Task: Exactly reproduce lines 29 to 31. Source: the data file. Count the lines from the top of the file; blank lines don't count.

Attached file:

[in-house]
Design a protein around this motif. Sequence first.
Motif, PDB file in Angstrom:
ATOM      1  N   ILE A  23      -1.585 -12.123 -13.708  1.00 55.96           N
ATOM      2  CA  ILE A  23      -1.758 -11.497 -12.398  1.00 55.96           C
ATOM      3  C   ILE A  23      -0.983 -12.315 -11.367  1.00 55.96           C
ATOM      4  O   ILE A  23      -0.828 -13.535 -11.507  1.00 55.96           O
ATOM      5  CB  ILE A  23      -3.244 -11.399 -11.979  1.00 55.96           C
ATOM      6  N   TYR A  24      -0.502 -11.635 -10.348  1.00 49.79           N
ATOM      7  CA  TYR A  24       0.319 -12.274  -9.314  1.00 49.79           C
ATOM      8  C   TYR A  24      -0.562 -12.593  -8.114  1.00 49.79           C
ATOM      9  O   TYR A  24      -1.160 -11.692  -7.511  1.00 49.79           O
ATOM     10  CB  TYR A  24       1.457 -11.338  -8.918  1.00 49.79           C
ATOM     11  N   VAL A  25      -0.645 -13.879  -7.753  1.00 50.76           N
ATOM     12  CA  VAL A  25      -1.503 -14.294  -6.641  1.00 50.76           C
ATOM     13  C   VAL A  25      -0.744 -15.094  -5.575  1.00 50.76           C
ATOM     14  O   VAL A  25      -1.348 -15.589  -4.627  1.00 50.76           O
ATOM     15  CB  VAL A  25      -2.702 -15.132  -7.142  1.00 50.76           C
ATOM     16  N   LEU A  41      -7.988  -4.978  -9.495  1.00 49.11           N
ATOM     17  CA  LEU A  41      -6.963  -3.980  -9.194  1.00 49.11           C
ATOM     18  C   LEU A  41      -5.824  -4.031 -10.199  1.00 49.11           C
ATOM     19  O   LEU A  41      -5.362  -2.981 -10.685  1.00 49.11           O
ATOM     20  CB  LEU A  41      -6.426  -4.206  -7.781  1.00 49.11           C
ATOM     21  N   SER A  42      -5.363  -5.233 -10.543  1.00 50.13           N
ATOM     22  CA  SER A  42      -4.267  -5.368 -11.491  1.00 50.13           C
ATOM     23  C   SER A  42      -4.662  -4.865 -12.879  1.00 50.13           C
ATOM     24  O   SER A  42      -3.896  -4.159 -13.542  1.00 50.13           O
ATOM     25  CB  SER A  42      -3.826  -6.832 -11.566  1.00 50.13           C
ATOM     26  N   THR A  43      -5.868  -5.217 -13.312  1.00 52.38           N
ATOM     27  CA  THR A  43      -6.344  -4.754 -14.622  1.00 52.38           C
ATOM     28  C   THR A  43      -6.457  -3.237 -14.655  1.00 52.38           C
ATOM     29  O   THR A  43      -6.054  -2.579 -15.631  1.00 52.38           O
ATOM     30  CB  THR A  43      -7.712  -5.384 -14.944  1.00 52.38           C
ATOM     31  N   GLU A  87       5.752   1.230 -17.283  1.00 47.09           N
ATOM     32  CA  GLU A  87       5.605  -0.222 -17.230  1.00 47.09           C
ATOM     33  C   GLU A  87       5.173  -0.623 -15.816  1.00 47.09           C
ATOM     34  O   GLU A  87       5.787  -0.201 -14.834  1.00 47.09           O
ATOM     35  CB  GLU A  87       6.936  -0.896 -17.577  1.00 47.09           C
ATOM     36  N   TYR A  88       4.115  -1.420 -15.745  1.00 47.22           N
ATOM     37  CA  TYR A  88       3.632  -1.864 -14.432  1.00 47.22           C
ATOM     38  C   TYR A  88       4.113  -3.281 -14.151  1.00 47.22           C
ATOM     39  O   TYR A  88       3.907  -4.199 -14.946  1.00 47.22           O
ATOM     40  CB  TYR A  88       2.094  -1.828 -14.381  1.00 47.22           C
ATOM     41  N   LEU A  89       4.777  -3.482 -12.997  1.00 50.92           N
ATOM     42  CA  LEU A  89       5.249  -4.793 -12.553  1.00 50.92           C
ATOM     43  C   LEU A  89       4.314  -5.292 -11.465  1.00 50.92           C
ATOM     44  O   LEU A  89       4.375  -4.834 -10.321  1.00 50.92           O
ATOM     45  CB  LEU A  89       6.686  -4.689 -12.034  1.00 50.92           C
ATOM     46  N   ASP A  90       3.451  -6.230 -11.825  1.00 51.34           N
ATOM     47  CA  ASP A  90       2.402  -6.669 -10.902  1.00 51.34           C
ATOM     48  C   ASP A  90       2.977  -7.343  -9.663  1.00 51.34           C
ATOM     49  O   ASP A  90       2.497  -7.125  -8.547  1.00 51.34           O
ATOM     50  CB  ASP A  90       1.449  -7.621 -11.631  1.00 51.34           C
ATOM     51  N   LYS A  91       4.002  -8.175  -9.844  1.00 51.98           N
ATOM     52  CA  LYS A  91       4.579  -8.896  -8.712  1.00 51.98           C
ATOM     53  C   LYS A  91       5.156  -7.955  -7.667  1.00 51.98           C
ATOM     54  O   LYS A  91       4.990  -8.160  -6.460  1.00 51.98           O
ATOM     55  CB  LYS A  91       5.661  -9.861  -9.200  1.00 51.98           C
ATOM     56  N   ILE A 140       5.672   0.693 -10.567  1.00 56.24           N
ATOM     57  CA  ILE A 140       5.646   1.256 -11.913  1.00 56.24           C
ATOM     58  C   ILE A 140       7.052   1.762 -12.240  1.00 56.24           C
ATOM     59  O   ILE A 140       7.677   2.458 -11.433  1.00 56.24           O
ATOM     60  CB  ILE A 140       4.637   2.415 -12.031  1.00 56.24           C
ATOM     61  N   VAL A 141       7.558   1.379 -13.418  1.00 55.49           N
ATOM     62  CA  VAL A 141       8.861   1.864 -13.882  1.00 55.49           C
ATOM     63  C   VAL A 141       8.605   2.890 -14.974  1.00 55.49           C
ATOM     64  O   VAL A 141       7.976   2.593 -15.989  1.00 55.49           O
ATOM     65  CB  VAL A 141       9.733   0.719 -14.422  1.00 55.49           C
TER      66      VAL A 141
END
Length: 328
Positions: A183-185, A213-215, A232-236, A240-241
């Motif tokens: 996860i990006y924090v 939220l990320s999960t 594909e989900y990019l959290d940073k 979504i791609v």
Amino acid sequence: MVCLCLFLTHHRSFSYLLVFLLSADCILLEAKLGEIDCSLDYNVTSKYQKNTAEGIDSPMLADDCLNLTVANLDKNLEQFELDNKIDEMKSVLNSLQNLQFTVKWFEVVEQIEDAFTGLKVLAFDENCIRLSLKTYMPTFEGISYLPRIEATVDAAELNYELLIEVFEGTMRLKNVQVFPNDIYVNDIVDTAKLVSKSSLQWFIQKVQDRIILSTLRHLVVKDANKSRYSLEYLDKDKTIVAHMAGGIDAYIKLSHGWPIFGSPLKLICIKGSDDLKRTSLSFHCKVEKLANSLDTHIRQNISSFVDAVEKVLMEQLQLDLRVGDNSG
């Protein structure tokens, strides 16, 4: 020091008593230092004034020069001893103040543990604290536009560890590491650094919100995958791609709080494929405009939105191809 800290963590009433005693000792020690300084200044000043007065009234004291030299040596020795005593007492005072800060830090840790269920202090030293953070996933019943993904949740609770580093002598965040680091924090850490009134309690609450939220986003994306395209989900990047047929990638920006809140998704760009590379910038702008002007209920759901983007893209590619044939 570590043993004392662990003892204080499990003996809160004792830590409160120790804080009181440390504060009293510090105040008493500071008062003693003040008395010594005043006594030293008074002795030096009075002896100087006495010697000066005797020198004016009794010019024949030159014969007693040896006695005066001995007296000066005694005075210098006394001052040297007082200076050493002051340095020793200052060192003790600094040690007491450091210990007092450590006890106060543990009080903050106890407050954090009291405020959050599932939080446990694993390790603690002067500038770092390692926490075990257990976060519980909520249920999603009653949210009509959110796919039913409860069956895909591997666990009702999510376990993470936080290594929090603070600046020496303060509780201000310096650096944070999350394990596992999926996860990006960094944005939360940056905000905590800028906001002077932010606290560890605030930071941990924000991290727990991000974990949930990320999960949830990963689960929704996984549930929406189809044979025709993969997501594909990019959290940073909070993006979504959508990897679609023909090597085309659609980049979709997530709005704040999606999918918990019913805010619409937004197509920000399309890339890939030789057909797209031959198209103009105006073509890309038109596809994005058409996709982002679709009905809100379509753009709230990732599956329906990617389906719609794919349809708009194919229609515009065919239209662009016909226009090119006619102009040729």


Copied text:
ATOM     26  N   THR A  43      -5.868  -5.217 -13.312  1.00 52.38           N
ATOM     27  CA  THR A  43      -6.344  -4.754 -14.622  1.00 52.38           C
ATOM     28  C   THR A  43      -6.457  -3.237 -14.655  1.00 52.38           C